Zinc Probes

Zinc is the second most abundant transition metal (after iron) in living organisms. Many zinc-dependent enzymes and transcription factors are known. Its central role in cellular processes such as gene expression, apoptosis, enzyme regulation and neurotransmission suggests that Zn2+ is a major regulatory ion in cell metabolism.

However, compared to other cations like Ca2+, Na+, K+, relatively little is known about the cellular regulation of Zn2+. Most of the Zn2+ abundant in eukaryotes is tightly bound. With respect of the cellular regulation of Zn2+, the "free" (chelatable) Zn2+ is of special interest. "Free" Zn2+ is found in relatively high concentrations in the brain, pancreas and spermatozoa. Several tools for measuring chelatable Zn2+ in living cells have been established to clarify its physiological significance. Similar to the well-established probes for intracellular Ca2+ such as Fura-2, a range of fluorogenic Zn2+-probes have been developed. Newer probes can be excited in the visible range to avoid cell damage and high background fluorescence.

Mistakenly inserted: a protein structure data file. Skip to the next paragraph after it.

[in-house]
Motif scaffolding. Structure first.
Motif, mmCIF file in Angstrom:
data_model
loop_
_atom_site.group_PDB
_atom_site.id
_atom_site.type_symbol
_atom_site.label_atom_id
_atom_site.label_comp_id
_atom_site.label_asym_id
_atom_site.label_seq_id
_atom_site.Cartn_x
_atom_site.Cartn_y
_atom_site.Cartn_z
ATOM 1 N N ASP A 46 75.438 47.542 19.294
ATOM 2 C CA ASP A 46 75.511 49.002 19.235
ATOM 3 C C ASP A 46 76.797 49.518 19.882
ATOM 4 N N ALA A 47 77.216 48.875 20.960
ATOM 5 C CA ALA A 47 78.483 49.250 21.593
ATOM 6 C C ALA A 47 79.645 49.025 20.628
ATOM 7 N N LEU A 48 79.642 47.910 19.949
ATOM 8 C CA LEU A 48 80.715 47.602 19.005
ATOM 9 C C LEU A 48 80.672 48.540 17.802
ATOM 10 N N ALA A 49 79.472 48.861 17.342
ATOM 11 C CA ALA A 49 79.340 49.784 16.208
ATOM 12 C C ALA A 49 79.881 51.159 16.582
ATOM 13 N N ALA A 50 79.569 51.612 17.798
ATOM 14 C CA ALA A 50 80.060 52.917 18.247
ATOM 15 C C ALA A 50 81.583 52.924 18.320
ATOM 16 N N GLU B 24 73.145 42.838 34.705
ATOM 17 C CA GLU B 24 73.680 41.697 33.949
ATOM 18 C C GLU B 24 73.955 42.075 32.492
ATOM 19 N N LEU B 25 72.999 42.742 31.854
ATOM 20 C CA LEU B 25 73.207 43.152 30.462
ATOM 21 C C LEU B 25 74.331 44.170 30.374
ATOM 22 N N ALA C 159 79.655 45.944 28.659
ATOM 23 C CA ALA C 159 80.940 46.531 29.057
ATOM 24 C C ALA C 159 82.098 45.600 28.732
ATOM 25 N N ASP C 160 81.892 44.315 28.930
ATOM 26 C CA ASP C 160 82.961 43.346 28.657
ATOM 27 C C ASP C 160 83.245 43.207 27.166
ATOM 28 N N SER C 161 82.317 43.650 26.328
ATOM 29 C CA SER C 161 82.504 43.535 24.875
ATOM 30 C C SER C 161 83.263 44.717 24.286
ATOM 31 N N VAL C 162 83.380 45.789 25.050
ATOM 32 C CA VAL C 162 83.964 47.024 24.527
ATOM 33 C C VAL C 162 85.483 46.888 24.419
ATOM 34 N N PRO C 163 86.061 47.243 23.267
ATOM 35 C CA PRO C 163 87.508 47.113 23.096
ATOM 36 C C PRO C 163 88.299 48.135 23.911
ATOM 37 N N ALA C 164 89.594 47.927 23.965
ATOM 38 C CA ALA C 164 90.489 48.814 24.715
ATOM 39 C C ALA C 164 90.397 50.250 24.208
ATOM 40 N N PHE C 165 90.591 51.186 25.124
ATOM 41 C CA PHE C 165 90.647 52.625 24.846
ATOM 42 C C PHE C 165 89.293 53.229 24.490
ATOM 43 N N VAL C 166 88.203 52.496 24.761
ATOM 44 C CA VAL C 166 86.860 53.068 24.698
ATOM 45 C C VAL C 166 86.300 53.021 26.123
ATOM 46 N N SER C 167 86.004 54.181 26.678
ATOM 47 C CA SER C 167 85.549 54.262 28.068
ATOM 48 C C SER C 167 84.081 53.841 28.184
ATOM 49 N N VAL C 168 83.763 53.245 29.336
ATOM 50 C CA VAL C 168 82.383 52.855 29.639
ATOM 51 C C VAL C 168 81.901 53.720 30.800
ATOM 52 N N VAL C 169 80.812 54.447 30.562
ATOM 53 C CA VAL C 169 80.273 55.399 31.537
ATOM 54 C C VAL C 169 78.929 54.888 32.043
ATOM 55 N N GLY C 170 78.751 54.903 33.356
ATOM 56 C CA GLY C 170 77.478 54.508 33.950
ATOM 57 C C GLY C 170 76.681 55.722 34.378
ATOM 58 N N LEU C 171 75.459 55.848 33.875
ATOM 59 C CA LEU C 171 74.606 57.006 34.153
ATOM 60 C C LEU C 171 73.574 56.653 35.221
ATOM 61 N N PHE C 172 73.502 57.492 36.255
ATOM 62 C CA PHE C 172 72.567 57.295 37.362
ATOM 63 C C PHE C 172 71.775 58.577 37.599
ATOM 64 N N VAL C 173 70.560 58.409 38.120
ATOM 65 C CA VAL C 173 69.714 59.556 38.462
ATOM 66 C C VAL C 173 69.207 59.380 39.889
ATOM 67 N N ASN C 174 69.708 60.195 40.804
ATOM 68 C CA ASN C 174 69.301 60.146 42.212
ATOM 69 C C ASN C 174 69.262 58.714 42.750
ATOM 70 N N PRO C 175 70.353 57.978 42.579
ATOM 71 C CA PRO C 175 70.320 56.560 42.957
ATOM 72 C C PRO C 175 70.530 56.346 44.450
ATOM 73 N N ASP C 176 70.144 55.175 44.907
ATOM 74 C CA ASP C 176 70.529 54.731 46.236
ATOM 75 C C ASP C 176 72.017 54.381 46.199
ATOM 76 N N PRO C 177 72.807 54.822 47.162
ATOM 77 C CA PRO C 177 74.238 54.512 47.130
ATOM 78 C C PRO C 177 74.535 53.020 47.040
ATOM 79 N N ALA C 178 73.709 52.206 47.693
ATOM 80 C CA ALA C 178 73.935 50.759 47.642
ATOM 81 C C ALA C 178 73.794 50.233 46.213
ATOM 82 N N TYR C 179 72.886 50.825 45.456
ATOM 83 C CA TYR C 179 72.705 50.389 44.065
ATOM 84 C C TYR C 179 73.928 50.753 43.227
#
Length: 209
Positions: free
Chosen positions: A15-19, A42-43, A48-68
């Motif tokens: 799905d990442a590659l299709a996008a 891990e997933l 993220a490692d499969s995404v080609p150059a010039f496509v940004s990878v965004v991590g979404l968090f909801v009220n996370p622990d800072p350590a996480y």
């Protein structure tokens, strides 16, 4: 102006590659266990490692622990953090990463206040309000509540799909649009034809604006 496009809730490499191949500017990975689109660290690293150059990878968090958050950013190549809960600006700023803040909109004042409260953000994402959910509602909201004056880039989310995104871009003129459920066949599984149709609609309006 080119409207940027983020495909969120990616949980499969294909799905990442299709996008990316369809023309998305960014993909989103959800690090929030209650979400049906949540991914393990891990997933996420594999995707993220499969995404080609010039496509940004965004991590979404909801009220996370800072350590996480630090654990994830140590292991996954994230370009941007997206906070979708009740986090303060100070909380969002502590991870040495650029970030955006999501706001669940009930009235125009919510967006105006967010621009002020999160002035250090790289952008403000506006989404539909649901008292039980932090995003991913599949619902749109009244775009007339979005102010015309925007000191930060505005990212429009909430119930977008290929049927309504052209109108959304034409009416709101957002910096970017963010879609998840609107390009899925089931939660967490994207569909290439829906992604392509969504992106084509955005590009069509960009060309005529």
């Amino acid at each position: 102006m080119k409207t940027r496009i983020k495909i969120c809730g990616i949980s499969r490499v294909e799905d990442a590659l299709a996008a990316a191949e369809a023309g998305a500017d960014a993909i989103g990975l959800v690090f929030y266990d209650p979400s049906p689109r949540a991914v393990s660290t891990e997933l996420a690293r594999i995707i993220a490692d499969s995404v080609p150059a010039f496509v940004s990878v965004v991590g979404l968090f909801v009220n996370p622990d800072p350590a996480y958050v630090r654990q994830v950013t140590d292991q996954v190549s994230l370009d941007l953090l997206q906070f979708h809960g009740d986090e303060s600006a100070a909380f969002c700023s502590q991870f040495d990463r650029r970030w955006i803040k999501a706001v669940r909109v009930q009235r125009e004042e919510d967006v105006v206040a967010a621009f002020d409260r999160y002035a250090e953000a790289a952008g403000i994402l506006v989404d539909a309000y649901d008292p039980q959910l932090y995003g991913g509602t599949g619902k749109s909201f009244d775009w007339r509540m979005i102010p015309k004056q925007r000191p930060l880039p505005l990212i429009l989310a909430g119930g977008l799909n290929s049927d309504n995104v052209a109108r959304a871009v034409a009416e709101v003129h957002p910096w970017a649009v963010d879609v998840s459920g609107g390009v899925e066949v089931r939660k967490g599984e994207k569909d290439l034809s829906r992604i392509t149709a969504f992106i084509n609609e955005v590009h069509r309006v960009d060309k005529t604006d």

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N1040 N1-(7-Nitro-2,1,3-benzoxadiazol-4-yl)-N1,N2,N2-tris(2-pyridinylmethyl)-1,2-ethanediamine for fluorescence
Z2251 Zinquin ethyl ester ≥95% (HPLC), solid
76663 ZnAF-1 ≥95.0% (HPCE)
67975 ZnAF-2 ≥95.0% (HPCE)
90917 ZnAF-1F ≥90% (HPCE)
90916 ZnAF-2F ≥95.0% (HPCE)
89997 ZnAF-1 DA BioReagent, ~90% (HPCE)
90911 ZnAF-2 DA ~90% (HPCE)